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How Can Mindfulness Help You Manage Anxiety?
“With mindfulness, you’re really
changing your relationship to your thoughts.”
As the practice of maintaining awareness over one’s thoughts and emotions, mindfulness can be used as a technique to self-manage feelings of anxiety. “With mindfulness, you’re really changing your relationship to your thoughts,” says Nick. “Mindfulness strengthens parts of the prefrontal cortex, which helps you to downregulate the amygdala.” When someone is anxious, they can get caught up in a “negative feedback loop where the emotional centre kicks off, it creates negative thoughts, and that actually increases the activity in the amygdala.” Instead, mindfulness retrains your brain to react differently to thoughts that arise, acknowledging them without engaging with them, and letting them go.
With a heavy emphasis on learning to train your attention, mindfulness can have a major impact. “You can start to have more control over what your mind attends to, whether it’s positive thoughts or negative thoughts, or your work, rather than being distracted by Facebook or social media,” says Nick. “Even if someone says something which upsets or angers you, it’s much easier to let go far more quickly.”
Tapping into a neuroscientific concept called the ‘default mode network,’ which kicks in when your mind wanders, Nick explains,“Typically, when our mind wanders, it wanders to thoughts about ourselves. We’re generally pretty self-preoccupied.” When it comes to anxiety, however, the default mode network works against us, creating negative feedback loops that are all about the self. “People who have mental health disorders often have more activation in this default mode network,” he says. “If you have social anxiety, for example, you’ll be anxious about how other people view you: ‘I might look stupid, they might not like me.'” This is where mindfulness comes in. It helps individuals regulate the default mode network, turning it off, and activating the ‘attentional mode network’ instead. In this state, “People are really engaged in something, like athletes. You know when you’re doing work and time disappears, often what you realise is that you completely forget yourself. This sense of self disappears.” Nick elaborates, “When you’ve got a deep level of attention, this attentional mode network is switched on for much longer periods of time. It gets longer and longer before the default mode network switches in and starts firing up a load of thoughts,” allowing an individual to better regulate intrusive thoughts.
How is Cognitive Behavioural Therapy (CBT) different?
Cognitive Behavioural Therapy, or CBT, is a much more hands-on way of addressing anxiety in comparison to mindfulness. As Nick puts it, “It’s really engaging with thoughts and challenging them.” Rather than learning to react differently when thoughts arise, as mindfulness advocates, CBT heads to the root of the problem, teaching individuals to become more aware of their thoughts and thought patterns, and then challenge them. Explaining the concept of the negativity bias, Nick sets out the thinking. “When we were evolving, the ones who heard a rustle in the bushes and assumed the worst were more likely to run away, see another day, procreate and push their genes down the gene pool. There was a natural advantage to being overly pessimistic in the fact that you were more likely to survive. So, it’s natural that we do have this negative bias.”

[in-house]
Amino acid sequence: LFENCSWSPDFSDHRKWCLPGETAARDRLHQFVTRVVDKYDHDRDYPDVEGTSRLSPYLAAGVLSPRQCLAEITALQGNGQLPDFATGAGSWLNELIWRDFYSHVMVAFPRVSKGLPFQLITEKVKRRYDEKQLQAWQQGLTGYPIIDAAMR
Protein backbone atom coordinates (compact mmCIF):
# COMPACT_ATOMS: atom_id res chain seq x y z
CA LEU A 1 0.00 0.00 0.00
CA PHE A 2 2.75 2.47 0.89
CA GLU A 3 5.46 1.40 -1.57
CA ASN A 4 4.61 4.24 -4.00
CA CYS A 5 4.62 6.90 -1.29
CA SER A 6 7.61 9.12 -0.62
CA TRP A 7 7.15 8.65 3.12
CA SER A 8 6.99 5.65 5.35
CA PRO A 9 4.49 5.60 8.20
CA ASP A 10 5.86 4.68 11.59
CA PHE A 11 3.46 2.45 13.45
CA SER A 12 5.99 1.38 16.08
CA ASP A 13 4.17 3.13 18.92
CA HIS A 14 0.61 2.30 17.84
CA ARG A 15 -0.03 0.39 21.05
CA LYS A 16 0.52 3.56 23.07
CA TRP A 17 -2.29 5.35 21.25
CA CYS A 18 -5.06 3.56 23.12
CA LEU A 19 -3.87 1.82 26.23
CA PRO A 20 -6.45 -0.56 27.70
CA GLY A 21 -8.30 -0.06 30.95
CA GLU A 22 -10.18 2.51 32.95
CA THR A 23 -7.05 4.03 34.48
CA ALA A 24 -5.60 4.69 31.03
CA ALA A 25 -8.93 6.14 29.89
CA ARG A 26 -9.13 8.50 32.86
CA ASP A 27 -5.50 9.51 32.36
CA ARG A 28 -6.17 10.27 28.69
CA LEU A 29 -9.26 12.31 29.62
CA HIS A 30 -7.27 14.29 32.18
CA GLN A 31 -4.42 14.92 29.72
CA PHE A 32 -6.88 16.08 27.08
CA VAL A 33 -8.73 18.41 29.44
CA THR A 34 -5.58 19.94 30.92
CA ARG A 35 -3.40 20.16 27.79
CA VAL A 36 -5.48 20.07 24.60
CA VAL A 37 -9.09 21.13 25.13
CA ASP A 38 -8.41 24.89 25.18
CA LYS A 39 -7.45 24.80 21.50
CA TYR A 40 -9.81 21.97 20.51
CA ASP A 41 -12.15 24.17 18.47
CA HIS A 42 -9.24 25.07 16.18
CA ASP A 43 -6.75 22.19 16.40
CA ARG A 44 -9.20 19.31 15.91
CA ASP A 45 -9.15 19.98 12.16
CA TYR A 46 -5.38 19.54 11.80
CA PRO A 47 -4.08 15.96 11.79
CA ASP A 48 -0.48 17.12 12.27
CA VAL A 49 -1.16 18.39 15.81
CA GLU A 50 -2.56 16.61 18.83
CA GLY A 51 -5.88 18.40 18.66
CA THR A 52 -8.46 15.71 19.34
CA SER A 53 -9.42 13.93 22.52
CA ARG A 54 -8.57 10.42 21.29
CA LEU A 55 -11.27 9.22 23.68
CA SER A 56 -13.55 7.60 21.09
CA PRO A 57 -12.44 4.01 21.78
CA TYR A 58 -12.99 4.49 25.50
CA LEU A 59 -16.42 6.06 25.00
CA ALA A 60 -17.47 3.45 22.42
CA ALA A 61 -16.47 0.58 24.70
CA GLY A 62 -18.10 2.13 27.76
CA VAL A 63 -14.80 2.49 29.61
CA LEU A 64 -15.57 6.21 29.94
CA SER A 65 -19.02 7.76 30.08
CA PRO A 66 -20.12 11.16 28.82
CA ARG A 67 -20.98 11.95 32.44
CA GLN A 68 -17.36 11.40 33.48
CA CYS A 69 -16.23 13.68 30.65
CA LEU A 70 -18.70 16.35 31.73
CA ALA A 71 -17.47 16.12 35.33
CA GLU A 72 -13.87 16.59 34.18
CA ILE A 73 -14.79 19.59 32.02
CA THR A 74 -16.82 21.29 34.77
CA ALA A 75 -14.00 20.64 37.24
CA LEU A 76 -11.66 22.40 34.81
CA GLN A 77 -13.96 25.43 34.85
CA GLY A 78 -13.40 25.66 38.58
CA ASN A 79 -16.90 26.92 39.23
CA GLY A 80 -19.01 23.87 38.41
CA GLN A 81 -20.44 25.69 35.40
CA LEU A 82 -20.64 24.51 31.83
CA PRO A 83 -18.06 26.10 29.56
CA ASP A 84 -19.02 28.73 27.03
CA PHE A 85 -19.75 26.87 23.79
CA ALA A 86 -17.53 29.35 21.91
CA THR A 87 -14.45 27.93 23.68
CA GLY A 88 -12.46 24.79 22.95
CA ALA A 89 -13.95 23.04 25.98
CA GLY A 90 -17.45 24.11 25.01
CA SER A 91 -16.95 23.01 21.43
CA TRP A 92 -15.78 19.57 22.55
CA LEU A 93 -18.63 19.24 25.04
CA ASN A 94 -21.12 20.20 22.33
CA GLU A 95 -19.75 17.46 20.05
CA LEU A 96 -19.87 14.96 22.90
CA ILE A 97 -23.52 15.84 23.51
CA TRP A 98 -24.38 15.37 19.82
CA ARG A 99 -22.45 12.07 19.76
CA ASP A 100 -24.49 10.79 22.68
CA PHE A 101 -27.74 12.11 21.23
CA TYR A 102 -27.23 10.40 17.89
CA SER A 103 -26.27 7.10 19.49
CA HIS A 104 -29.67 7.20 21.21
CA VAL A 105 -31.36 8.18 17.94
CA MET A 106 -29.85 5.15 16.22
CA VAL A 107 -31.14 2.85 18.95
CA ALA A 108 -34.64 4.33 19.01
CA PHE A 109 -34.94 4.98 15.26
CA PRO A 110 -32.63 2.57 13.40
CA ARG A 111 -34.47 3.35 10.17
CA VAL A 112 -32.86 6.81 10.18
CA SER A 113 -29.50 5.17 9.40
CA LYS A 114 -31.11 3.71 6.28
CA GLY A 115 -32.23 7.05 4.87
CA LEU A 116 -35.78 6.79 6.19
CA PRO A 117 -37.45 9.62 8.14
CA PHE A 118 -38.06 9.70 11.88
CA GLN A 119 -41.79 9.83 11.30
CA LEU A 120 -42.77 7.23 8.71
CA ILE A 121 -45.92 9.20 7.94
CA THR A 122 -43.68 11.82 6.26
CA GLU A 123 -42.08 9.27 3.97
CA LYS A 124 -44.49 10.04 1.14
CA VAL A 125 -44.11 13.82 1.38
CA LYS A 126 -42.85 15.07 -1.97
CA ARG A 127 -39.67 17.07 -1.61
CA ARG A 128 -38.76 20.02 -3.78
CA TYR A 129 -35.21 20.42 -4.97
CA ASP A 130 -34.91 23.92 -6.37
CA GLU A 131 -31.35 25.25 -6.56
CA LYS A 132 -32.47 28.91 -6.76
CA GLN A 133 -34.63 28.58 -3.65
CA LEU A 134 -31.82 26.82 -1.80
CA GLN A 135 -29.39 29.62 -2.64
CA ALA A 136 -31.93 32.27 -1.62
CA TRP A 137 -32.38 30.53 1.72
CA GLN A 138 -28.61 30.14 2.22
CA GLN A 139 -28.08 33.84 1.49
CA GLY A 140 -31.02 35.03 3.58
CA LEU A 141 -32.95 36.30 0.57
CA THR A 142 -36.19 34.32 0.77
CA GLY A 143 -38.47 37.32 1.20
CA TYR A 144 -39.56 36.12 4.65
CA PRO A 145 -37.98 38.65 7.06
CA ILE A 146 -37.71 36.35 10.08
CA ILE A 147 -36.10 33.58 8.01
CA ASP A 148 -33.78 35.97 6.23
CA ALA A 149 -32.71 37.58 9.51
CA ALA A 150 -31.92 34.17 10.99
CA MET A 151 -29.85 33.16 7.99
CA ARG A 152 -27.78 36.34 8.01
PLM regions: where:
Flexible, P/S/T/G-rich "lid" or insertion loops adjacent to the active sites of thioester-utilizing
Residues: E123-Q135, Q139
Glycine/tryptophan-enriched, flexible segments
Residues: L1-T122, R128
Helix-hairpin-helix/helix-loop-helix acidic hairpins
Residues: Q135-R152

CBT therapy tries to help people recognise this default reaction and combat it by relearning new thought patterns. “So, when these negative thought traps pop up, you notice that they’re actually unrealistic, and you look for a better way of looking at them.” Helping people notice unhelpful thought traps such as catastrophising, over-generalisation and black and white thinking, CBT is often much more cognitively demanding. “You learn to identify them and go, ‘Well actually, is this really the truth? What’s a better way that I can look at it?’ So, it’s really engaging with thoughts and challenging them.” This requires an in-depth analysis of yourself and is well suited to people who find the stillness required for mindfulness more difficult. “One of the advantages of challenging these thoughts is you’re actually changing your world view,” Nick shares. “Some people feel so restless that it’s very hard to sit down and practice mindfulness. They’re much more cognitive and it might be more helpful for them to do things like CBT.”